A few months ago there was a lot of coverage about the "betriebsrat" or works council process at SAP. I wrote about it, as did most of the German newspapers. There was some nonsense written, especially in the foreign press and in the blogsphere about SAP being unionised…
The elections took place this week.
The irksome thing for most employees is that they were asked to vote in a election for a council that they don't want..
There was no violence (however, being Germany, they may have been some pushing in the queues to vote) , no evidence of fraud, and there was no recount, no problems with chad.
and so far, no need for any multi-coloured coalitions.
65% of the people eligible to vote did. I'm not sure what the other 35% were doing, hopefully they were too busy writing code, not watching the football. Here is the formal announcement
There has been quite a bit of reporting on the election today and yesterday, mainly in the German press. The vast majority of the elected council are anti-union, and the union types only got a couple of people on the council. (3)
I missed the Napoleon Dynamite candidate. (Actually, come to think about it, a lot of developers do look like and dress like him, and having been to some parties here, I can vouch that the dancing styles are remarkably similar…)
I'm not sure what difference it will make to the state of affairs here in the asparagus fields. The real winners of the election were probably the local tee-shirt company and the brochure printers. So, we now have a works council just like almost every other German company with more than one employee, a filing cabinet and a stamp.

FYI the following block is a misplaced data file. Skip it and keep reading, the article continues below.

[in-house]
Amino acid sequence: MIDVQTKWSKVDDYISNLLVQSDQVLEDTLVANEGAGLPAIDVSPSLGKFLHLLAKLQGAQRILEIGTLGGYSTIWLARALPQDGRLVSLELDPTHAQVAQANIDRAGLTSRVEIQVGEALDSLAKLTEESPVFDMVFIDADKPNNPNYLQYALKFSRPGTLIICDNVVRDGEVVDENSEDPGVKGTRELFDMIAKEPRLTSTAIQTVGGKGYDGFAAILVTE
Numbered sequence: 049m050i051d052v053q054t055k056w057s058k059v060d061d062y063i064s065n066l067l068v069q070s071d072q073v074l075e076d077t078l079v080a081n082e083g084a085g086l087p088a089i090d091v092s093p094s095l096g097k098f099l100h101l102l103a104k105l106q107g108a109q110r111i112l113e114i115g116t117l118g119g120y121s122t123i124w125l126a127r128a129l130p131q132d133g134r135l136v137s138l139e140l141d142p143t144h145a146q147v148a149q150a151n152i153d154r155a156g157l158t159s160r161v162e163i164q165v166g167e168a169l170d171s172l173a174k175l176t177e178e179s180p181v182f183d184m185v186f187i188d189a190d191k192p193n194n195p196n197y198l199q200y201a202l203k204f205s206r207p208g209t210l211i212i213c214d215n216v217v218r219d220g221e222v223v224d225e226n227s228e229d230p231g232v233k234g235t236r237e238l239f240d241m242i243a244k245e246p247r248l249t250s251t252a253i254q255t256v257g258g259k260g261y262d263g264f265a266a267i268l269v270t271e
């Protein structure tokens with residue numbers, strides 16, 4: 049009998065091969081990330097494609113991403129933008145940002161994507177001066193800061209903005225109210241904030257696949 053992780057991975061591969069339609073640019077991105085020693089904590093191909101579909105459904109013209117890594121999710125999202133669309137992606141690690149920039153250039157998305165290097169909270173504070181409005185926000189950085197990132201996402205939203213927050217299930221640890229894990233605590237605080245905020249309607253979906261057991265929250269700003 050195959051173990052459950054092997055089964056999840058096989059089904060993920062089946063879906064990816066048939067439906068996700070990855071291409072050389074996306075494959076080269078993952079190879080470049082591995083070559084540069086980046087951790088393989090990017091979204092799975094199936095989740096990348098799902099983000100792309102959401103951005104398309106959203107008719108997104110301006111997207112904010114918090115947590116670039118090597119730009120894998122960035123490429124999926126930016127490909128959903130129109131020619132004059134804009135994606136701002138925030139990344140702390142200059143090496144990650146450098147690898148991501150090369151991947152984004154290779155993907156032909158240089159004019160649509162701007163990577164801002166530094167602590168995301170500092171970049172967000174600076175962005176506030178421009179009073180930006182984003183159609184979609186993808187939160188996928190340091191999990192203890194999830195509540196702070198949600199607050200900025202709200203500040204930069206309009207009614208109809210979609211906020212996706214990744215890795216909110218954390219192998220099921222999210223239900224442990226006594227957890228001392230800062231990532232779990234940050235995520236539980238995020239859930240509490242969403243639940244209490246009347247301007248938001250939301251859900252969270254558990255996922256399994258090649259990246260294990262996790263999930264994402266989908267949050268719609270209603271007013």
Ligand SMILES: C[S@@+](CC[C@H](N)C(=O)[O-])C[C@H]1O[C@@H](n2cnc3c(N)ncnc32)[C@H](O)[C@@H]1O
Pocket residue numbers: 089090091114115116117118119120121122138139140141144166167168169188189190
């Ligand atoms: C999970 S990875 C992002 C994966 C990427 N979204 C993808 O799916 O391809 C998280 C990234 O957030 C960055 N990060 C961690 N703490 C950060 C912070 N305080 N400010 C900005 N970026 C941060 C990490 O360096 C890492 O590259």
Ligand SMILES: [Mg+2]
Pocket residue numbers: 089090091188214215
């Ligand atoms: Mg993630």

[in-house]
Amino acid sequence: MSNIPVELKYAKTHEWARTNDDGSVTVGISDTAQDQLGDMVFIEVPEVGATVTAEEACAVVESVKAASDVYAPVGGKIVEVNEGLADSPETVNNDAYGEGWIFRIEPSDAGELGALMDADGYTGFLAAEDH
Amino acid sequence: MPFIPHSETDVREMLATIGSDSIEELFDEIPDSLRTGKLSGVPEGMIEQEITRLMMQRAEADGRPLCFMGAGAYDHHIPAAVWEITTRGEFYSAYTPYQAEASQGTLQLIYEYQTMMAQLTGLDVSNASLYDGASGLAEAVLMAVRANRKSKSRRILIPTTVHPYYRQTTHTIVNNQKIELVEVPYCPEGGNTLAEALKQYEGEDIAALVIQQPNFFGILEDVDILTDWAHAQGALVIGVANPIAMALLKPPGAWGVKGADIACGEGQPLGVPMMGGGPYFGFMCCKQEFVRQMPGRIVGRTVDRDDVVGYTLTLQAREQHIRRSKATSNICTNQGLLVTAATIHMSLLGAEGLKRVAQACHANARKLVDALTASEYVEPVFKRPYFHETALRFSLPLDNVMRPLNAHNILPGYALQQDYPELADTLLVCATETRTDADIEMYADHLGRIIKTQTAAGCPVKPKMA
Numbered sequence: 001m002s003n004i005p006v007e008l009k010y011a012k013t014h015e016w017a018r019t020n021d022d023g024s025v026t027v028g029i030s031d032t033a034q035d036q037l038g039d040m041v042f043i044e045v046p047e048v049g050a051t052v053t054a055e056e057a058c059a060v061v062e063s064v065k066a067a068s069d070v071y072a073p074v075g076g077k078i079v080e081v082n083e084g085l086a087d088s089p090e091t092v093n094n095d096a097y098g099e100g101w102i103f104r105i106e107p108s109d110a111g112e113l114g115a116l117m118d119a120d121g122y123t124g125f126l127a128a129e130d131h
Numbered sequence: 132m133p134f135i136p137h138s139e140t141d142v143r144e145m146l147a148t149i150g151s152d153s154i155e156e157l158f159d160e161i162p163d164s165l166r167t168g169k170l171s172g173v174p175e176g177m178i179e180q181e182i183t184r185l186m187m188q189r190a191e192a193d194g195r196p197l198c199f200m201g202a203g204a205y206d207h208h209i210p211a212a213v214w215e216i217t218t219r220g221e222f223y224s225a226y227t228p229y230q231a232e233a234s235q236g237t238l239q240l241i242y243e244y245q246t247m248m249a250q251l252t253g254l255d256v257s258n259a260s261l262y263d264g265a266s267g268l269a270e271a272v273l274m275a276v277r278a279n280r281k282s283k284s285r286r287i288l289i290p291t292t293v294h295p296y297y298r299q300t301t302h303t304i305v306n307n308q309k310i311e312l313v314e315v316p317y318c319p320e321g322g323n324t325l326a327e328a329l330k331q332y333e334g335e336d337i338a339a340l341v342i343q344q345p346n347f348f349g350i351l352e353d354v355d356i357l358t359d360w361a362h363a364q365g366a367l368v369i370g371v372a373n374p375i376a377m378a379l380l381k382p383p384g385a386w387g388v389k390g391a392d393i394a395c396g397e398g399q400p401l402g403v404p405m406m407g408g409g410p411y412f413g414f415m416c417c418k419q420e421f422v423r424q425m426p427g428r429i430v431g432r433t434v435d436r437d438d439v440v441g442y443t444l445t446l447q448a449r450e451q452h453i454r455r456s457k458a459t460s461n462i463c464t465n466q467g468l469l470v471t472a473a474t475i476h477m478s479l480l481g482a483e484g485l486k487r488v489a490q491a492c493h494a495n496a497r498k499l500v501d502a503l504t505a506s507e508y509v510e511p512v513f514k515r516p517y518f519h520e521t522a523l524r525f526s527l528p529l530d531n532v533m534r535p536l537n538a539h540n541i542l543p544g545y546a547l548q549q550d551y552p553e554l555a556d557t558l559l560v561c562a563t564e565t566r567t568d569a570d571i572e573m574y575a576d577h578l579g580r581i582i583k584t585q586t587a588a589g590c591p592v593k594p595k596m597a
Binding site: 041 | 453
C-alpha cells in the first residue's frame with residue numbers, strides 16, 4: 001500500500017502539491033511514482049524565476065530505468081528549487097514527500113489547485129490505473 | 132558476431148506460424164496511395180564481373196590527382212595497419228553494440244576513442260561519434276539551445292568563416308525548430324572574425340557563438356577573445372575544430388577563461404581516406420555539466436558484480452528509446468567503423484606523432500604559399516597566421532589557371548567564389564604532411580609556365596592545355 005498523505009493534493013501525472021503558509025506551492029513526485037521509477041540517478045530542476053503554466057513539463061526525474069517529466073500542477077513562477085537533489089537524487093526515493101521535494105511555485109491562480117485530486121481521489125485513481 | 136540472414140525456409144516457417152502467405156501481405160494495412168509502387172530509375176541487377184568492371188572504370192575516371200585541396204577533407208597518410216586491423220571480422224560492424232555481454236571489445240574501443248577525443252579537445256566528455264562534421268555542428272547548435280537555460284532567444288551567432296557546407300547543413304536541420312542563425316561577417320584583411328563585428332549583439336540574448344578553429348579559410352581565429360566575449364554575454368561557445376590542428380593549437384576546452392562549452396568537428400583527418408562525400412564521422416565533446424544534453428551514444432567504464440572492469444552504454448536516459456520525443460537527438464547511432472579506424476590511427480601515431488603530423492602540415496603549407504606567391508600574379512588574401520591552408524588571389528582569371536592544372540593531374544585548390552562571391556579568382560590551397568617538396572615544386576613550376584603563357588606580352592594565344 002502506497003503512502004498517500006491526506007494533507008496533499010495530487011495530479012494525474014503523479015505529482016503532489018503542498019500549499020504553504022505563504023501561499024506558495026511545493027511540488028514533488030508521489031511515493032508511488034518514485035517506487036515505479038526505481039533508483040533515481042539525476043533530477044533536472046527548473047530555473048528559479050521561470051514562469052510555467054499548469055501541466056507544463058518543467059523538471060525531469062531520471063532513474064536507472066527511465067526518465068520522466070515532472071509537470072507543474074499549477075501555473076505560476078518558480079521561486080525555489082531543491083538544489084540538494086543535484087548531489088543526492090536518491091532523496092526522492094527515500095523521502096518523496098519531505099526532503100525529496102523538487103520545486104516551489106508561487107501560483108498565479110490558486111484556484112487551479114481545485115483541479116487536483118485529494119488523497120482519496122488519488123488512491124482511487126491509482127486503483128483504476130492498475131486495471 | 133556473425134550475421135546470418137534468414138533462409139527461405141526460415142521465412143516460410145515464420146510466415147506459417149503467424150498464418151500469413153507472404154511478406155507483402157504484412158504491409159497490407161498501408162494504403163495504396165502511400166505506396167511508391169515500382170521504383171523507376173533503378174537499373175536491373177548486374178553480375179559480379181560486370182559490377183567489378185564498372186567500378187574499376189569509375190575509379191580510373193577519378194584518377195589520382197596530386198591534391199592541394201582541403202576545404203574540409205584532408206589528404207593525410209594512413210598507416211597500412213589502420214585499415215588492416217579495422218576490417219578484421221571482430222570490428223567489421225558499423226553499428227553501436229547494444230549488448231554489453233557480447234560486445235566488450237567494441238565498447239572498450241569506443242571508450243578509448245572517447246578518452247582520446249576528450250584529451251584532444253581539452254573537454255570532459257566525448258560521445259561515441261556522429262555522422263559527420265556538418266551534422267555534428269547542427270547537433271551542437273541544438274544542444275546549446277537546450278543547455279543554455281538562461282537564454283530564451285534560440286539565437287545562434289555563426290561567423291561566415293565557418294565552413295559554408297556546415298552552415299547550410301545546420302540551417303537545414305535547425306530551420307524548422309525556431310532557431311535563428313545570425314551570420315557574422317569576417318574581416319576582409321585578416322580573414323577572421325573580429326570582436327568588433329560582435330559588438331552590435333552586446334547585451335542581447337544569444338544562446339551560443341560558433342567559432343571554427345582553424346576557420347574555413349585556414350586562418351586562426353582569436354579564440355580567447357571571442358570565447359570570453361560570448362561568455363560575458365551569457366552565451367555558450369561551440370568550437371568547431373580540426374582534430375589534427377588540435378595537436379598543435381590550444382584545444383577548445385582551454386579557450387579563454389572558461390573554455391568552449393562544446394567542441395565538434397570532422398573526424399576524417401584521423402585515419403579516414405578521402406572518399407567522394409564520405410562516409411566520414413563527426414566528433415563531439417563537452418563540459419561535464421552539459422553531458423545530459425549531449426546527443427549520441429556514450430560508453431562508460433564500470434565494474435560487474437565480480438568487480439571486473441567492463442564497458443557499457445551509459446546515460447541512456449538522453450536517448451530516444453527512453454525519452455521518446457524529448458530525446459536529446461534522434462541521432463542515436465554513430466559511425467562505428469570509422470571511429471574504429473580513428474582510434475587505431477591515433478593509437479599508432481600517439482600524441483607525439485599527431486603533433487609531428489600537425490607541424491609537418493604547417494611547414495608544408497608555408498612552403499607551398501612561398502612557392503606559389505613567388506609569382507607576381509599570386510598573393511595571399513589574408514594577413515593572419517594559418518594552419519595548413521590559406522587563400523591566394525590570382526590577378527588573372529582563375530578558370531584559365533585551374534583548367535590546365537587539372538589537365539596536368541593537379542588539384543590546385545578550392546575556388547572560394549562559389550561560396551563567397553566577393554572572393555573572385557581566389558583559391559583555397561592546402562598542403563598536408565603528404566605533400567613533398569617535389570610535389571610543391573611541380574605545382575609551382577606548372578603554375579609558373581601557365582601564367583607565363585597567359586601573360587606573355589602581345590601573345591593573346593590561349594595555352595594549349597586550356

An analyst from Ovum tries to make a story out of this, commenting…
However, something has changed in Walldorf. Once the undisputed centre of SAP's global expansion, employees have started to become more unsettled. They cannot fail to notice the increasing importance of SAP's US and Chinese operations and the rising number of non-German managers – which is only a natural development in a globally acting enterprise. Out of the newly created jobs in 2005, 1,300 were in Asia, 900 in the US and 400 in Germany, while 100 administrative jobs were moved from Germany into a Shared Services Centre in Prague. This is understandable food for thought. But these issues will not be stopped by a German workers' council; they could even be made worse!
I'm not sure that IT analysts should be the ones commenting on the significance of works councils. Line 56 then tries to make even more out of it.
My view: SAP's management and employees have a better grasp of the dynamics of globalisation than they are given credit for. The election results illustrate clearly that the vast majority of SAP's German employees understand that globalisation is part of SAP's strength and not something to be afraid of.
The German press coverage is better at explaining the implications of the results.
Die Welt: Unions well beaten off…
Handelsblatt: SAP votes for " the old system" – (meaning a rejection of the unions)
German FT. Den Sieg als Durchbruch für die Gewerkschaftssache zu verbuchen, trifft es nicht. Letztlich kommt es für ein Unternehmen weniger darauf an, ob es einen Betriebsrat gibt oder nicht, als darauf, inwieweit dieser kooperiert. Die SAP-Unternehmenskultur lässt da wenig Probleme erwarten. This is not a victory for the unions. The question for a company is not whether there is or isnt a works council, but how they cooperate. The SAP organisation culture means that we dont expect any problems. (translation very rough)
The most remarkable thing about this whole business is that it took 30 odd years for three blokes to ask for a works' council.